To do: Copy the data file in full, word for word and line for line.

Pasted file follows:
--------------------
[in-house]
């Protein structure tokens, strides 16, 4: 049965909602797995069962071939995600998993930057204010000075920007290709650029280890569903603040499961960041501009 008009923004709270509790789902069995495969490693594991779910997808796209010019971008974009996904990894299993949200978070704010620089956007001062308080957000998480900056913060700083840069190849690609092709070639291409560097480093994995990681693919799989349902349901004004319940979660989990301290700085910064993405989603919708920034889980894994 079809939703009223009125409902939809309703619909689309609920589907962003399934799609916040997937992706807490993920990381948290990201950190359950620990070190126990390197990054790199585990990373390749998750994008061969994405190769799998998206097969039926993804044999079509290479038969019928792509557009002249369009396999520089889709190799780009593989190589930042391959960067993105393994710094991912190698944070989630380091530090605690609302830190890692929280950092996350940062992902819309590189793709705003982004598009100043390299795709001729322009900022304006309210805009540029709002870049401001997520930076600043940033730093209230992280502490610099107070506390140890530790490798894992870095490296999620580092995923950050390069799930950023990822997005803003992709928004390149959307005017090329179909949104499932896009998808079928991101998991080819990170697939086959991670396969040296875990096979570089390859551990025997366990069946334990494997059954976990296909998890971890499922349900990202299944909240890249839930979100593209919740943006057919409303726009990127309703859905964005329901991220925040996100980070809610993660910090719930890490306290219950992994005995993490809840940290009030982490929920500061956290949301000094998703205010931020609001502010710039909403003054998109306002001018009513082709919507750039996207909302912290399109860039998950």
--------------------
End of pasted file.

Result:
[in-house]
């Protein structure tokens, strides 16, 4: 049965909602797995069962071939995600998993930057204010000075920007290709650029280890569903603040499961960041501009 008009923004709270509790789902069995495969490693594991779910997808796209010019971008974009996904990894299993949200978070704010620089956007001062308080957000998480900056913060700083840069190849690609092709070639291409560097480093994995990681693919799989349902349901004004319940979660989990301290700085910064993405989603919708920034889980894994 079809939703009223009125409902939809309703619909689309609920589907962003399934799609916040997937992706807490993920990381948290990201950190359950620990070190126990390197990054790199585990990373390749998750994008061969994405190769799998998206097969039926993804044999079509290479038969019928792509557009002249369009396999520089889709190799780009593989190589930042391959960067993105393994710094991912190698944070989630380091530090605690609302830190890692929280950092996350940062992902819309590189793709705003982004598009100043390299795709001729322009900022304006309210805009540029709002870049401001997520930076600043940033730093209230992280502490610099107070506390140890530790490798894992870095490296999620580092995923950050390069799930950023990822997005803003992709928004390149959307005017090329179909949104499932896009998808079928991101998991080819990170697939086959991670396969040296875990096979570089390859551990025997366990069946334990494997059954976990296909998890971890499922349900990202299944909240890249839930979100593209919740943006057919409303726009990127309703859905964005329901991220925040996100980070809610993660910090719930890490306290219950992994005995993490809840940290009030982490929920500061956290949301000094998703205010931020609001502010710039909403003054998109306002001018009513082709919507750039996207909302912290399109860039998950």